IAM and GEM reiterate call for BST changes

12.00 | 23 October 2012 | | 2 comments

In the run up to the clocks ‘going back’ this coming weekend, the IAM and GEM are calling for changes to British Summer Time (BST) to give more daylight hours in the evening.

A number of road safety stakeholders have made similar calls in the past, including Road Safety GB, RoSPA and the Lighter Later campaign.

The IAM points out that bringing the British time zone forward by an hour in both winter and summer would mean lighter evenings, when crashes are more likely. It also points to DfT figures which show that changing the daylight hours could prevent about 80 deaths and at least 200 serious injuries on our roads each year.

Simon Best, IAM chief executive, said: “Making evenings lighter would save lives.  While an extra hour of daylight would help to make the commute home much safer for all road users, children, cyclists and motorcyclists would benefit most.

“We want to see a three-year trial of the new daylight system. If the trial period proves the new daylight hours have a positive effect on road safety, it is clear that it is the system we should keep. With convincing evidence of the potential benefits, it is only right that we pilot a new system.

Despite the issue “falling to the bottom of the political agenda”, GEM Motoring Assist continues to back the Lighter Later campaign. 

David Williams MBE, CEO of GEM Motoring Assist, said: “There is strong evidence to show that road accident rates continue to rise each autumn, directly after the clocks go back. The reduced daylight hours not only mean that motorists are driving in the dark during rush hour, but pedestrians and other road users, particularly school children, are also at an increased risk.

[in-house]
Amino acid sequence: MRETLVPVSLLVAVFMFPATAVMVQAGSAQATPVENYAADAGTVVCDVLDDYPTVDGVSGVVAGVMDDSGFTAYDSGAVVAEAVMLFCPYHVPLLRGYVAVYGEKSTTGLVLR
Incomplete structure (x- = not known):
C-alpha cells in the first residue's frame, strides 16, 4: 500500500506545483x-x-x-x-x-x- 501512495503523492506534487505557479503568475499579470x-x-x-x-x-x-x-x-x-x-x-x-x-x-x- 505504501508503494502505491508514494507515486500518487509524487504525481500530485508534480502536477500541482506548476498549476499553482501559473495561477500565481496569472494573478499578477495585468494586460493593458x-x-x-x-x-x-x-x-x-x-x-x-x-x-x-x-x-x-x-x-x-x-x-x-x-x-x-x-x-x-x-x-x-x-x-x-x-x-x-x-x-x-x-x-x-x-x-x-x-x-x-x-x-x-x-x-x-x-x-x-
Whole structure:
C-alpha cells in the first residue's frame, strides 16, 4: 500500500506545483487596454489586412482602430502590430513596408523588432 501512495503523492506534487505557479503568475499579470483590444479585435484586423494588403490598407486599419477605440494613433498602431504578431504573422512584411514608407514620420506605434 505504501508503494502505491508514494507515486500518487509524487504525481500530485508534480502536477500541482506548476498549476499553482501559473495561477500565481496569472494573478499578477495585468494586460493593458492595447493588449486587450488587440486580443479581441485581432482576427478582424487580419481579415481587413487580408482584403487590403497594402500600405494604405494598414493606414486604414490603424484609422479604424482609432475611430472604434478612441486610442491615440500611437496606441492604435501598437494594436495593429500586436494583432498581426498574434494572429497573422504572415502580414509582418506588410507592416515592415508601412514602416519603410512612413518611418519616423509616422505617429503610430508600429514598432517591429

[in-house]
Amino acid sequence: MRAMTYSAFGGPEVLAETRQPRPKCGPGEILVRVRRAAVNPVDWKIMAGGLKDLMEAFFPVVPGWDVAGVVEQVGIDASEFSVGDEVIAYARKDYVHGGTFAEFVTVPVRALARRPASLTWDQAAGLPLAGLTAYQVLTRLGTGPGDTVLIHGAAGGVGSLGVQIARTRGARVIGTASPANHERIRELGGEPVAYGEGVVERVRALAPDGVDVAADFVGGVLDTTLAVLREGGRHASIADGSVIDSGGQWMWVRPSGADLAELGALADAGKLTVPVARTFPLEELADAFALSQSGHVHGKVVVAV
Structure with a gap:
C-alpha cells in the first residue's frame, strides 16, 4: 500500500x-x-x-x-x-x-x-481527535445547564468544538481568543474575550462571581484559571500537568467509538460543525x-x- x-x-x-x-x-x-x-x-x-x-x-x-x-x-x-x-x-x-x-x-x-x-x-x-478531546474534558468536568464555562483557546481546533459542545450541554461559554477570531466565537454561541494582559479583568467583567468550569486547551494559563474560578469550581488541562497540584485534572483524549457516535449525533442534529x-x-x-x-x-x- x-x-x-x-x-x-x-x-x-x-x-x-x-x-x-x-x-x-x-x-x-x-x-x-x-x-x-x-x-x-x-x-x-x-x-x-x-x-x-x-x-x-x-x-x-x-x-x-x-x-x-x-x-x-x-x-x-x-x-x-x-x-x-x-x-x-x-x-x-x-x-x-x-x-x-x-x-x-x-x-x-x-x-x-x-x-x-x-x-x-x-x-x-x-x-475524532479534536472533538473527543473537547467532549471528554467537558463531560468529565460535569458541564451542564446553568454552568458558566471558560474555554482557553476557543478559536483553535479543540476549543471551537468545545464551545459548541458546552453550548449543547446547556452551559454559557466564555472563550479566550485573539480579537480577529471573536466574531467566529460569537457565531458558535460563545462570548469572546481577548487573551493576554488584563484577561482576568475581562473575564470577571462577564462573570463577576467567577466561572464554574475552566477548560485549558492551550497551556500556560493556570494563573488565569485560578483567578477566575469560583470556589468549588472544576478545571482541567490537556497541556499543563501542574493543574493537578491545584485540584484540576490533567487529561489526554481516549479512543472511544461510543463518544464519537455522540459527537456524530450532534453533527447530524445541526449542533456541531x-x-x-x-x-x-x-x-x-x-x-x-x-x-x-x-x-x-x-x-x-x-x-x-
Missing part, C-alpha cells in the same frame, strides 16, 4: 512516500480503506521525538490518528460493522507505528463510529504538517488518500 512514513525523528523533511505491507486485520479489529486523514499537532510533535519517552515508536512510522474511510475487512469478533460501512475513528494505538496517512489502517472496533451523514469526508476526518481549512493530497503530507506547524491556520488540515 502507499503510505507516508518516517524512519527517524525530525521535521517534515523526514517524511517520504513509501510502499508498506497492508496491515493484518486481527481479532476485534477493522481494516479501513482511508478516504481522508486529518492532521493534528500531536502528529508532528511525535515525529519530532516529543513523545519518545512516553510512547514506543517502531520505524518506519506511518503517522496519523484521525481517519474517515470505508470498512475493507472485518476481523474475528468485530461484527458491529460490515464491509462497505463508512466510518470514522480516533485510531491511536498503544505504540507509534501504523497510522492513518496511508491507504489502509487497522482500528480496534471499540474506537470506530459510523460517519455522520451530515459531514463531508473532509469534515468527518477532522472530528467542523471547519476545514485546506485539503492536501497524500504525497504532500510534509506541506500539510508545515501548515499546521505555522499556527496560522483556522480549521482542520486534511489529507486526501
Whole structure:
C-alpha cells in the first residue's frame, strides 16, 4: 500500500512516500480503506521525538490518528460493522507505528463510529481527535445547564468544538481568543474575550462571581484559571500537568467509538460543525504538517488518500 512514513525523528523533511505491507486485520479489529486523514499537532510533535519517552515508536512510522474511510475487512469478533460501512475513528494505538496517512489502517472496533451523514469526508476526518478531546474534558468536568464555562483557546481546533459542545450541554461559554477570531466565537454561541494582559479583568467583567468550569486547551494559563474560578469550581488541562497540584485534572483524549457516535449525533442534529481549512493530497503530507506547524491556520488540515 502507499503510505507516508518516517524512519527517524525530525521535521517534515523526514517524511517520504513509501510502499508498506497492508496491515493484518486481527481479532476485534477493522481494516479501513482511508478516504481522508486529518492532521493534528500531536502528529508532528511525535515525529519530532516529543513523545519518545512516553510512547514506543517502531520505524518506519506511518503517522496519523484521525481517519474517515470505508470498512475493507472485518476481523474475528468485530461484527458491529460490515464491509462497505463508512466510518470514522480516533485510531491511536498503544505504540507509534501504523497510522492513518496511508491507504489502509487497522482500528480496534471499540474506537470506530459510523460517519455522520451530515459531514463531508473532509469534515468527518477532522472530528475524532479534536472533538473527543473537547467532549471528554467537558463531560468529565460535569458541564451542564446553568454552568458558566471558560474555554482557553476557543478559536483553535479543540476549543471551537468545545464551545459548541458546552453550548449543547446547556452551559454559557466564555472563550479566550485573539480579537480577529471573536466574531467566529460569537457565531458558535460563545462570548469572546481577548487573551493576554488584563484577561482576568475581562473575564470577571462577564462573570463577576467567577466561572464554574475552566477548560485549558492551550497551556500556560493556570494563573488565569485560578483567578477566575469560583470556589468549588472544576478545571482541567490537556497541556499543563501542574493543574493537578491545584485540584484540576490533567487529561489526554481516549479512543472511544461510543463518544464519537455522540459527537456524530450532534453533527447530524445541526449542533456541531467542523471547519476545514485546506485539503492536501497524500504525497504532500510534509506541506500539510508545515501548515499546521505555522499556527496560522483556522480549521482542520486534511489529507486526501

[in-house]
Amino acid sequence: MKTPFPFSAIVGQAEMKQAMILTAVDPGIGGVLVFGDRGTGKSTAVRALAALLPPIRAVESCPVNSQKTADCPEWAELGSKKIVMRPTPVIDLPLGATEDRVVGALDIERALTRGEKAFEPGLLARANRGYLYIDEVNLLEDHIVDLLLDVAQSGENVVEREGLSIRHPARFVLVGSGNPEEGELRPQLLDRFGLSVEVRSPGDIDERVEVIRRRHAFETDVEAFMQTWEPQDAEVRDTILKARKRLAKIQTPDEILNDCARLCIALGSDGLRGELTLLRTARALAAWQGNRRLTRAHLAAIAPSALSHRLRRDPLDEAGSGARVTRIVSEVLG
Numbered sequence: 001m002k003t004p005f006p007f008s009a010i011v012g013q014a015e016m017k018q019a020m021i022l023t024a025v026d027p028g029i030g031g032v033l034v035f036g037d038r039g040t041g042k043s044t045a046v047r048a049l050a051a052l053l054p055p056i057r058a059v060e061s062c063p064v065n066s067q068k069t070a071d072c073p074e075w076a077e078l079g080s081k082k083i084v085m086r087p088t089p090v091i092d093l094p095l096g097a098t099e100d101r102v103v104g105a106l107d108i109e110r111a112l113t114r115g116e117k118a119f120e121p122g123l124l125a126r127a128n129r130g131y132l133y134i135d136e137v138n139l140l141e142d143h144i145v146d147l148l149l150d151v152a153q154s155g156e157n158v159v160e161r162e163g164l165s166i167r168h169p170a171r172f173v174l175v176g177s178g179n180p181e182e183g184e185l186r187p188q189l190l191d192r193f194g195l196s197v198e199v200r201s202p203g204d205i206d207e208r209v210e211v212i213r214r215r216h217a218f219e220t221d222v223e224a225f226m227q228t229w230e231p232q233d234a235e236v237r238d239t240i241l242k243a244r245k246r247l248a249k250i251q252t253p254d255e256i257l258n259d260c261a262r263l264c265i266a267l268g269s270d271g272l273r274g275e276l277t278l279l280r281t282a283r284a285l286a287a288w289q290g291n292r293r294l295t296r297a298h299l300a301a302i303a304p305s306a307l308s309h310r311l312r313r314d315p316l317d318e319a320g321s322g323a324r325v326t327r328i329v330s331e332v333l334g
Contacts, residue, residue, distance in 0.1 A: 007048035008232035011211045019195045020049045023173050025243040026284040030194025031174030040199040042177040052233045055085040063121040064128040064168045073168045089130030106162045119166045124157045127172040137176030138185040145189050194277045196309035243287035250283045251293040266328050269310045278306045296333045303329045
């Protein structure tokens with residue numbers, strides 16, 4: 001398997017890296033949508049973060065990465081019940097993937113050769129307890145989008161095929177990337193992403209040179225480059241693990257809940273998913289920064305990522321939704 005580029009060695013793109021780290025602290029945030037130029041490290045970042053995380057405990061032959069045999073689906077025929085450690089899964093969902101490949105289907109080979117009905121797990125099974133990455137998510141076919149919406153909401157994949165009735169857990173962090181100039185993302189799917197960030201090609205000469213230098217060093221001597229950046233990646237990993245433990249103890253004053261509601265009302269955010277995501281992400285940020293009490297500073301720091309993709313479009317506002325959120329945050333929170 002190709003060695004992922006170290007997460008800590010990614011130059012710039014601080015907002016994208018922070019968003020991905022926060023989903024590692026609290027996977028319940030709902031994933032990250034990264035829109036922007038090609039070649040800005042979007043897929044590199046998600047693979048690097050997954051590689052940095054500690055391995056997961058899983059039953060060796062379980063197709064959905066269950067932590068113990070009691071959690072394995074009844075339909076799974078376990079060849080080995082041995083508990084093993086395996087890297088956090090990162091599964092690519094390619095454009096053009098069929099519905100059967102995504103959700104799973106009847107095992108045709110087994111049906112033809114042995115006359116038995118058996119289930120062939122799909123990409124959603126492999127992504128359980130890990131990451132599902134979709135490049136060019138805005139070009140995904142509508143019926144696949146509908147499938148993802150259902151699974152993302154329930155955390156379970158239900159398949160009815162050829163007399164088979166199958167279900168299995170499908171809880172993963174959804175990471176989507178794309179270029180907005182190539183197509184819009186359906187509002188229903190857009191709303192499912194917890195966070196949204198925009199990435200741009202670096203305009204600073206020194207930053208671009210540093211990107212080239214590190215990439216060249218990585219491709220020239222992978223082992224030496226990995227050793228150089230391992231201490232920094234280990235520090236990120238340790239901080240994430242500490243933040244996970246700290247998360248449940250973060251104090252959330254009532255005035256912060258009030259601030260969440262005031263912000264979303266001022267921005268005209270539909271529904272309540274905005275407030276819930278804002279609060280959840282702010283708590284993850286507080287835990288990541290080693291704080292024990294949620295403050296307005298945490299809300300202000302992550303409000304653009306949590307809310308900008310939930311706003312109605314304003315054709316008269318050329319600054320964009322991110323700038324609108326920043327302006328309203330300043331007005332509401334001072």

“Poor weather, decreased visibility, and bad road conditions are all rife during the winter months and have a serious effect on the rise in number of accidents and hazardous breakdown situations. Changing the clocks only adds further to the dangers for road users.”


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    The earlier trial, 69 to 71, coincided with drink drive legislation which may have skewed the results. What should we do or not do to ensure any new trial will not suffer the same fate?

    With a recent rise in casualty data being blamed on lower resources for road safety education and enforcement perhaps we need to set up a control area. Scottish independance comes to mind.

    Peter Wilson London
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    We tried BST in winter between 1969 and 1971 but it was abandoned because it “was not good for the school children of Scotland” who had to go to school in the dark. However I understand that was a bit of a “Daily Wail/Excess hatchet job” and the casualty losses am were more than made up pm. If Scotland is independent then England and Wales could go to continental time.

    Mark Caerphilly
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